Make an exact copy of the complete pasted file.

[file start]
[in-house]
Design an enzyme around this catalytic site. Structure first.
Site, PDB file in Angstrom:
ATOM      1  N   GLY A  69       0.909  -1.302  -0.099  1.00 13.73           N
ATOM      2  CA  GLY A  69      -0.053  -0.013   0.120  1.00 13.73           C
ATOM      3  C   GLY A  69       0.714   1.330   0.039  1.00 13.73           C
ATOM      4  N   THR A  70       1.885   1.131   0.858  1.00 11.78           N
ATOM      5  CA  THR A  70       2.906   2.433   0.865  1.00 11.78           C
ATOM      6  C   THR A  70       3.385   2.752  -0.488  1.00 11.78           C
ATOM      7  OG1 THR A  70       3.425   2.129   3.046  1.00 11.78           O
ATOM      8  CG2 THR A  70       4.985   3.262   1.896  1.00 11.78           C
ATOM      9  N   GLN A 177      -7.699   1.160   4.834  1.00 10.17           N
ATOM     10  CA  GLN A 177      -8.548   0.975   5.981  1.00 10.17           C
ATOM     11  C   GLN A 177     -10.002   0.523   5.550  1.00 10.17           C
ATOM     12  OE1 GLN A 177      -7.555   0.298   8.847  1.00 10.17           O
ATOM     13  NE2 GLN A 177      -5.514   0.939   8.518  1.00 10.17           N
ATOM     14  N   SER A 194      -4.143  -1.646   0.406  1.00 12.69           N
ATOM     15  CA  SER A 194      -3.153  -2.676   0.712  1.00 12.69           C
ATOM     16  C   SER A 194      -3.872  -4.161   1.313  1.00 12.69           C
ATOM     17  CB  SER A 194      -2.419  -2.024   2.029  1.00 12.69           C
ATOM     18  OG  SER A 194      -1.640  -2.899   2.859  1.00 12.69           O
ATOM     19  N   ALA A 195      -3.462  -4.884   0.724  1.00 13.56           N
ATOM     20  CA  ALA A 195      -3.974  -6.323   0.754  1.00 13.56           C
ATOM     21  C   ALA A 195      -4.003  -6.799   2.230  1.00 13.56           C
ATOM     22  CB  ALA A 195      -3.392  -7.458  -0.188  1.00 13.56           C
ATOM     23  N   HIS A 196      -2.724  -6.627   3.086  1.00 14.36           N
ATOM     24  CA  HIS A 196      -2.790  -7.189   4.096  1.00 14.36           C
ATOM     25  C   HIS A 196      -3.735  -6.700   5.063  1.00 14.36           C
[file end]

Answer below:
[in-house]
Design an enzyme around this catalytic site. Structure first.
Site, PDB file in Angstrom:
ATOM      1  N   GLY A  69       0.909  -1.302  -0.099  1.00 13.73           N
ATOM      2  CA  GLY A  69      -0.053  -0.013   0.120  1.00 13.73           C
ATOM      3  C   GLY A  69       0.714   1.330   0.039  1.00 13.73           C
ATOM      4  N   THR A  70       1.885   1.131   0.858  1.00 11.78           N
ATOM      5  CA  THR A  70       2.906   2.433   0.865  1.00 11.78           C
ATOM      6  C   THR A  70       3.385   2.752  -0.488  1.00 11.78           C
ATOM      7  OG1 THR A  70       3.425   2.129   3.046  1.00 11.78           O
ATOM      8  CG2 THR A  70       4.985   3.262   1.896  1.00 11.78           C
ATOM      9  N   GLN A 177      -7.699   1.160   4.834  1.00 10.17           N
ATOM     10  CA  GLN A 177      -8.548   0.975   5.981  1.00 10.17           C
ATOM     11  C   GLN A 177     -10.002   0.523   5.550  1.00 10.17           C
ATOM     12  OE1 GLN A 177      -7.555   0.298   8.847  1.00 10.17           O
ATOM     13  NE2 GLN A 177      -5.514   0.939   8.518  1.00 10.17           N
ATOM     14  N   SER A 194      -4.143  -1.646   0.406  1.00 12.69           N
ATOM     15  CA  SER A 194      -3.153  -2.676   0.712  1.00 12.69           C
ATOM     16  C   SER A 194      -3.872  -4.161   1.313  1.00 12.69           C
ATOM     17  CB  SER A 194      -2.419  -2.024   2.029  1.00 12.69           C
ATOM     18  OG  SER A 194      -1.640  -2.899   2.859  1.00 12.69           O
ATOM     19  N   ALA A 195      -3.462  -4.884   0.724  1.00 13.56           N
ATOM     20  CA  ALA A 195      -3.974  -6.323   0.754  1.00 13.56           C
ATOM     21  C   ALA A 195      -4.003  -6.799   2.230  1.00 13.56           C
ATOM     22  CB  ALA A 195      -3.392  -7.458  -0.188  1.00 13.56           C
ATOM     23  N   HIS A 196      -2.724  -6.627   3.086  1.00 14.36           N
ATOM     24  CA  HIS A 196      -2.790  -7.189   4.096  1.00 14.36           C
ATOM     25  C   HIS A 196      -3.735  -6.700   5.063  1.00 14.36           C